I googled it and I found dozens of threads on several forums. It seem that having normal mapping seams is an extremely common problem and those forums were mostly without a proper solution. The problem is caused by the way 3D modeling programs have a continuous vertex list across smoothing groups, even if there is a break in the UV mapping continuity. If you export this mesh without tangents, since the vertices at UV continuity breaks will be saved as two different vertices, with the same normals (if the exporter is any good) but with two different UV coordinates. Then when you compute the tangents, you get this result. Most formats do not get exported with tangents. So problems abound. Ideally you would export normals, tangents and binormals, to make sure that the mesh looks identical in your renderer and the 3D modeling program. These bad tangents were the reason why I got the same problems with the rings across different XNA engines.
The first step was to get rid of the crappy computed values provided by XNA and compute my own:
The seam is still there of course. And it will remain while there is an UV continuity is there. It is about taking control away from XNA when generating tangents and taking over that. Special care can be had when modelling the mesh to avoid such problems, but it is not always possible. And I'm a programmer, not a modeler. So now I'm in control of the tangent generation. Let's improve this generation a little:
Tangents are now just a little bit smother. But besides the obvious seam, the tangents should be theoretically correct, so maybe they can help with my barrel ring normal mapping problem. Let's find out!
OK, take a look at those rings! I tested from different angles and the rings now extrude the right way. The tangents finally point the right way! I've had this problem for over a year without knowing it. Here is a closeup of the normal mapping with correct tangents:
The normals can still look a little bit weird, especially around the rings, where it seems that the wood is popping out, not the metal, but this is due to my poor auto-generated normal maps. With some proper normal maps, this can be fixed.
So let's see what we did. We fixed the tangent space and thus fixed the normal mapping issues. This has done nothing for the seams nor for the attenuation bug.
I have no idea how to fix the attenuation bug, but I write a code to detect the seams and a debug visualization mode to render the results:
This might look like the normal render of the tangents with the seams, but it actually highlights the seam that it detected procedurally. Now that I know where the seam is, I try to fix it. The fix is not 100% mathematically sound and I did pull some epsilon values in some comparisons straight out of my ass, but it seems to work just fine. I won't upload the full bunch of screenshots that I have, they can be found on the forum. The major very annoying seam is gone and I am left with a minor seam. Let's study this minor seam:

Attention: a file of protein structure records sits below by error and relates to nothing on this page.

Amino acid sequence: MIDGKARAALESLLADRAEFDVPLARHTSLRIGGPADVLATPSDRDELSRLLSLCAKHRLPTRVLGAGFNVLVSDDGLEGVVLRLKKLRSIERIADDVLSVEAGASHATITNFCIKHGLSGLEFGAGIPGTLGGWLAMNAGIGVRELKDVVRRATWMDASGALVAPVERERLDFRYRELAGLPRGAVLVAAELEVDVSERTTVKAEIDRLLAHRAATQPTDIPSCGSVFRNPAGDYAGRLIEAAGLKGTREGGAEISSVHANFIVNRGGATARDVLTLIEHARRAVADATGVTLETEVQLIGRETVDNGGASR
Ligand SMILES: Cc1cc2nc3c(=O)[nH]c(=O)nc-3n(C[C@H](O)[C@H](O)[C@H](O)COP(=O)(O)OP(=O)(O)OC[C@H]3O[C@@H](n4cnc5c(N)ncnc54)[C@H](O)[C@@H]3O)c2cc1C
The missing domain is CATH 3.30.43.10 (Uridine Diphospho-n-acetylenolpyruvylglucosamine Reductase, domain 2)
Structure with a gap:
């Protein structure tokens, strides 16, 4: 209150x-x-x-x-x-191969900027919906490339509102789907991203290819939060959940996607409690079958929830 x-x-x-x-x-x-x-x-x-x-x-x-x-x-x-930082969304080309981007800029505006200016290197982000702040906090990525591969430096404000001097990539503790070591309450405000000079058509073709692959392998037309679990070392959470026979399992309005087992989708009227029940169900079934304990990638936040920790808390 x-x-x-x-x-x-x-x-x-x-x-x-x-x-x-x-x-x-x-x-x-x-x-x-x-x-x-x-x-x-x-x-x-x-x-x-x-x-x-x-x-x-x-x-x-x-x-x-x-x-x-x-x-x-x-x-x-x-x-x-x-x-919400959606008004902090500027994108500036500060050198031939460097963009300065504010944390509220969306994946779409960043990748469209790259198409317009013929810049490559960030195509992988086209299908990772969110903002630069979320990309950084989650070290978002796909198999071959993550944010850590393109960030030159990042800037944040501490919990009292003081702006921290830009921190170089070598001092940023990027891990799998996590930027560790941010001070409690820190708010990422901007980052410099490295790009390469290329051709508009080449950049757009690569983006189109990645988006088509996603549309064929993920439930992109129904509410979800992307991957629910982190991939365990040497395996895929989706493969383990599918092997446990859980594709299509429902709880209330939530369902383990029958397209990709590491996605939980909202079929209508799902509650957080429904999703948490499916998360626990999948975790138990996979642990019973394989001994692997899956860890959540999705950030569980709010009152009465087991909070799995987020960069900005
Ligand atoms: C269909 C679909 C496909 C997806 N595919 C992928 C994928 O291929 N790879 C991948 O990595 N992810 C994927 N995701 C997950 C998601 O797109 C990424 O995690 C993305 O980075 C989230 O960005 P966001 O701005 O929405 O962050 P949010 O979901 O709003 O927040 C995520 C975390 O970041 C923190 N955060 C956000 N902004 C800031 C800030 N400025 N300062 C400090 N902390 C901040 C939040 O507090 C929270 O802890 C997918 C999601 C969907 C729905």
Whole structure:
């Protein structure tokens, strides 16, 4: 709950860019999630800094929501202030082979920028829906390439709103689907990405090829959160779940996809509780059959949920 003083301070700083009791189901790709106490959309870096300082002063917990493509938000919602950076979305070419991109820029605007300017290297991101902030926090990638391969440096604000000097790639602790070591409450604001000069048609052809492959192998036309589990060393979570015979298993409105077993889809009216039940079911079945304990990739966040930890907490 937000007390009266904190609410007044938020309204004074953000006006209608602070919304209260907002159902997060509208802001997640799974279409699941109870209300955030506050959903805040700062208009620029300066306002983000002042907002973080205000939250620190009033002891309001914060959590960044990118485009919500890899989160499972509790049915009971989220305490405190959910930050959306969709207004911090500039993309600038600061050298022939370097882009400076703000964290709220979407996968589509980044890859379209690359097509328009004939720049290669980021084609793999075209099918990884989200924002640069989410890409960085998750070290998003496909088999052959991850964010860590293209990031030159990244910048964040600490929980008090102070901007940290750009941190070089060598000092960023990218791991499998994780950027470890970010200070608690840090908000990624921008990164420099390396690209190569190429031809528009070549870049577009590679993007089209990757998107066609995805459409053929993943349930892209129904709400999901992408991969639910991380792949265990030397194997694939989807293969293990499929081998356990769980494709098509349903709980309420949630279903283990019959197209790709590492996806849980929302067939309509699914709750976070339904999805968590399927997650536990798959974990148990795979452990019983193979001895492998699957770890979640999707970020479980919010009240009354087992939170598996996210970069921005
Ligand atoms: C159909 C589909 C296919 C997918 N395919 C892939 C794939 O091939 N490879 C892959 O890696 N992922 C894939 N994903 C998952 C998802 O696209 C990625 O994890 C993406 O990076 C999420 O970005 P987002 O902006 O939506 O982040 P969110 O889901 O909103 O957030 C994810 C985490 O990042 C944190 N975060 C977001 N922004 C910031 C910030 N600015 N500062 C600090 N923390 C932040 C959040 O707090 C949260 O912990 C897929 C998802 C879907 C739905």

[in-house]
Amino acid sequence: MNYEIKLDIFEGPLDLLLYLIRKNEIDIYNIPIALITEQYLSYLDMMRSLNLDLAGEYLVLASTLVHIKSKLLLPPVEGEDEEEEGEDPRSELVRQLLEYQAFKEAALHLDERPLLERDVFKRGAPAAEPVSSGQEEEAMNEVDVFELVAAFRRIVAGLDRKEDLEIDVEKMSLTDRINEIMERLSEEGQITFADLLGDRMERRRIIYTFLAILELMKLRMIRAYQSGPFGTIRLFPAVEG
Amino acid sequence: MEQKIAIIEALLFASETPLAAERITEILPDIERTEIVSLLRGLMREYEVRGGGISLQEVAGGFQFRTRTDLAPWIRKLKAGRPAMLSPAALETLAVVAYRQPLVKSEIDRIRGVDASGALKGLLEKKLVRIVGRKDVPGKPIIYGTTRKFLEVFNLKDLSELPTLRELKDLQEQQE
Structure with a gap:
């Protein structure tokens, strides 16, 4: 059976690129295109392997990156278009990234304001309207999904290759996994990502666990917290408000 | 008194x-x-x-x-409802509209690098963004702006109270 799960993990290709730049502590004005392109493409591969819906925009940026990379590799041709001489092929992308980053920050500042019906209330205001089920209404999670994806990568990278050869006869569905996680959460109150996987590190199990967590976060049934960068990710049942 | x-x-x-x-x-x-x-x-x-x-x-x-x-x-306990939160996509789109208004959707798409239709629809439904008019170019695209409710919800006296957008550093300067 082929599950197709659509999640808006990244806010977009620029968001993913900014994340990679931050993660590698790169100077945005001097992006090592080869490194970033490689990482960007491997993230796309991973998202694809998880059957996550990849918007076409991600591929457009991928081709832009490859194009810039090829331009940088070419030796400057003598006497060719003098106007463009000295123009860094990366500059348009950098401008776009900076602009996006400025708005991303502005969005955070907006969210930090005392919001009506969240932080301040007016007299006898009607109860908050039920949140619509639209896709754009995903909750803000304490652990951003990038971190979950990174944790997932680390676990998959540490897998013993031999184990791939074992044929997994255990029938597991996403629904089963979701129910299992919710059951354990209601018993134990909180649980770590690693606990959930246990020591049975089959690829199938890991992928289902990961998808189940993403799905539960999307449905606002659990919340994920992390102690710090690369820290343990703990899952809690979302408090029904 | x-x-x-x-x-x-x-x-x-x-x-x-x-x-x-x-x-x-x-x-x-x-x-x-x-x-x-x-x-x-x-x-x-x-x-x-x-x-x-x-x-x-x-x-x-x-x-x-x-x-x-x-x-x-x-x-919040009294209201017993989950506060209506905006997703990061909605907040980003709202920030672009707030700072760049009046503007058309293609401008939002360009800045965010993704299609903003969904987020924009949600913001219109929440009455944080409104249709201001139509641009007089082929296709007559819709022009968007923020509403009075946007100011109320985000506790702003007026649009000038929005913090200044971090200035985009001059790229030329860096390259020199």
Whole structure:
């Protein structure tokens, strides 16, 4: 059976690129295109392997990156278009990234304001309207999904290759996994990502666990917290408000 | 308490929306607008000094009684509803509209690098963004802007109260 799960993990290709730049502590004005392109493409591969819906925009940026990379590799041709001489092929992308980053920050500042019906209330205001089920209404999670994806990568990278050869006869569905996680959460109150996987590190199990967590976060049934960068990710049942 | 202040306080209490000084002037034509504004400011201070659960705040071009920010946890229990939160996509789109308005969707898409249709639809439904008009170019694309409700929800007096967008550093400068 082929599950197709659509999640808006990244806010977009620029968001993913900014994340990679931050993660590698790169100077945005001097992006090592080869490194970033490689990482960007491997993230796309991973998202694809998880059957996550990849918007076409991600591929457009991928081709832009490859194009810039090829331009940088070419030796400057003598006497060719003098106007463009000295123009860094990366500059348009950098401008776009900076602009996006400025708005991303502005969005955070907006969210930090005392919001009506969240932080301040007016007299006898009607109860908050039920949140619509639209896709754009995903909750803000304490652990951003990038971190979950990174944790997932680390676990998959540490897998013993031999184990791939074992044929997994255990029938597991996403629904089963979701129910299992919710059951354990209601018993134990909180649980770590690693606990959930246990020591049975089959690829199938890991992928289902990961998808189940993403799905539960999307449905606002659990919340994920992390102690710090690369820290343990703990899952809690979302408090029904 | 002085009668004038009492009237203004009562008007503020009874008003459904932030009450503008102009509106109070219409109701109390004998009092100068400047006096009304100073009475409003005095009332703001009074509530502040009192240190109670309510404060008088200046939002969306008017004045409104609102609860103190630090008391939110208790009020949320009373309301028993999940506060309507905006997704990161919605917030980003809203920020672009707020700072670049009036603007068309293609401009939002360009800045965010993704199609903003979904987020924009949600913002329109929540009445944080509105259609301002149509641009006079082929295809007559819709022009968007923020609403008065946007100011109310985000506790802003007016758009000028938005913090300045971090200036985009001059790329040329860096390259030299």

It can be seen if you look for it, but otherwise you probably won't notice it. The old seam was dire an immediately noticeable. But what causes it? Is it the textures that are not seamless or the fix is not good enough? Well, this is the corrected tangent view of the mesh:
Looks pretty smooth to me. Maybe in the future the seam fixing algorithm can do a better job, but I'm happy for now with it. Here is the same shot only with the normal mapping effect:
A minor seam, at least partially due to the texture work. And now the diffuse texture:
OK, I think it is clear that most of the seam is caused by the diffuse texture. If the diffuse texture and normal map get fixed, I think the seam will go away now that tangents are proper. I still need to test my algorithm on more complex meshes.
So to reiterate, fixing the tangent space fixed normal mapping direction, except on the seams. And now I fixed the seam. All imported meshes get their seams automatically corrected.
This is definitely the high point of graphics correctness in my engine! I'm looking forward to the day I'm done with the graphics once and for all.
But not today!
Another thing I tried is adding light shafts:
I based my implementation on J. Coluna's method, but I had to heavily modify it to get it to work and my results are not as good as his. Still, not bad. Even with that post and the working code in front of me, it took me almost 6 hours to get this thing to work.
So lighting is mostly fixed and we have light shafts. What next? I tried my hand at SSAO, but this one did not turn out that good:
It is dark, grainy, full of artifacts, there is an ugly fixed pattern on the screen that is very disturbing when moving the camera around and the distant lands look even worse.
I did try and fix this and came up with possibly the most ghetto ass SSAO implementation out there:
Needless to say, I don't like how it looks and I won't be including it in snapshot 6.